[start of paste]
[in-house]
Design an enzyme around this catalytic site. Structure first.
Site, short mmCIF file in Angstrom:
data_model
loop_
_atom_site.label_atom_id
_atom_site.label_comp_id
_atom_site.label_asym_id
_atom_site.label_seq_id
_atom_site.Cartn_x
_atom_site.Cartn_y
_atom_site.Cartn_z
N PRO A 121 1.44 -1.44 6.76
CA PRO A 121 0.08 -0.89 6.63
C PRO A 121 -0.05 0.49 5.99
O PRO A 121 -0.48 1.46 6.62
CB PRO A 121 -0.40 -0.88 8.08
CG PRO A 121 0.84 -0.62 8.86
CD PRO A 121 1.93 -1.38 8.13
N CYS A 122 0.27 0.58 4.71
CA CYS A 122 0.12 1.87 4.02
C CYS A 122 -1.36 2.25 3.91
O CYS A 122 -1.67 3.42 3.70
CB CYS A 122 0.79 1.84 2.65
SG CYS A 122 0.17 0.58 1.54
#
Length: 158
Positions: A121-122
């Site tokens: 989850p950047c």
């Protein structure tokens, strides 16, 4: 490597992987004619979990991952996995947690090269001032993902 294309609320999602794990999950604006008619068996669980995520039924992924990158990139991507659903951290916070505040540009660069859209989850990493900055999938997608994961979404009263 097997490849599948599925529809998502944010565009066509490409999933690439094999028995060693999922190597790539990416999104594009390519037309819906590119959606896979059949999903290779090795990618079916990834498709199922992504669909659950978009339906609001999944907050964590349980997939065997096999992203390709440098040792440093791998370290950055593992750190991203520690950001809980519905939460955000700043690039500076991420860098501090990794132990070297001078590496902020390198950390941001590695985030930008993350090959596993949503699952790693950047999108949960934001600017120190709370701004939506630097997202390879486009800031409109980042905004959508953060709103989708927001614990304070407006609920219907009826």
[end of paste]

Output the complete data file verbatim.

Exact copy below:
[in-house]
Design an enzyme around this catalytic site. Structure first.
Site, short mmCIF file in Angstrom:
data_model
loop_
_atom_site.label_atom_id
_atom_site.label_comp_id
_atom_site.label_asym_id
_atom_site.label_seq_id
_atom_site.Cartn_x
_atom_site.Cartn_y
_atom_site.Cartn_z
N PRO A 121 1.44 -1.44 6.76
CA PRO A 121 0.08 -0.89 6.63
C PRO A 121 -0.05 0.49 5.99
O PRO A 121 -0.48 1.46 6.62
CB PRO A 121 -0.40 -0.88 8.08
CG PRO A 121 0.84 -0.62 8.86
CD PRO A 121 1.93 -1.38 8.13
N CYS A 122 0.27 0.58 4.71
CA CYS A 122 0.12 1.87 4.02
C CYS A 122 -1.36 2.25 3.91
O CYS A 122 -1.67 3.42 3.70
CB CYS A 122 0.79 1.84 2.65
SG CYS A 122 0.17 0.58 1.54
#
Length: 158
Positions: A121-122
């Site tokens: 989850p950047c």
């Protein structure tokens, strides 16, 4: 490597992987004619979990991952996995947690090269001032993902 294309609320999602794990999950604006008619068996669980995520039924992924990158990139991507659903951290916070505040540009660069859209989850990493900055999938997608994961979404009263 097997490849599948599925529809998502944010565009066509490409999933690439094999028995060693999922190597790539990416999104594009390519037309819906590119959606896979059949999903290779090795990618079916990834498709199922992504669909659950978009339906609001999944907050964590349980997939065997096999992203390709440098040792440093791998370290950055593992750190991203520690950001809980519905939460955000700043690039500076991420860098501090990794132990070297001078590496902020390198950390941001590695985030930008993350090959596993949503699952790693950047999108949960934001600017120190709370701004939506630097997202390879486009800031409109980042905004959508953060709103989708927001614990304070407006609920219907009826």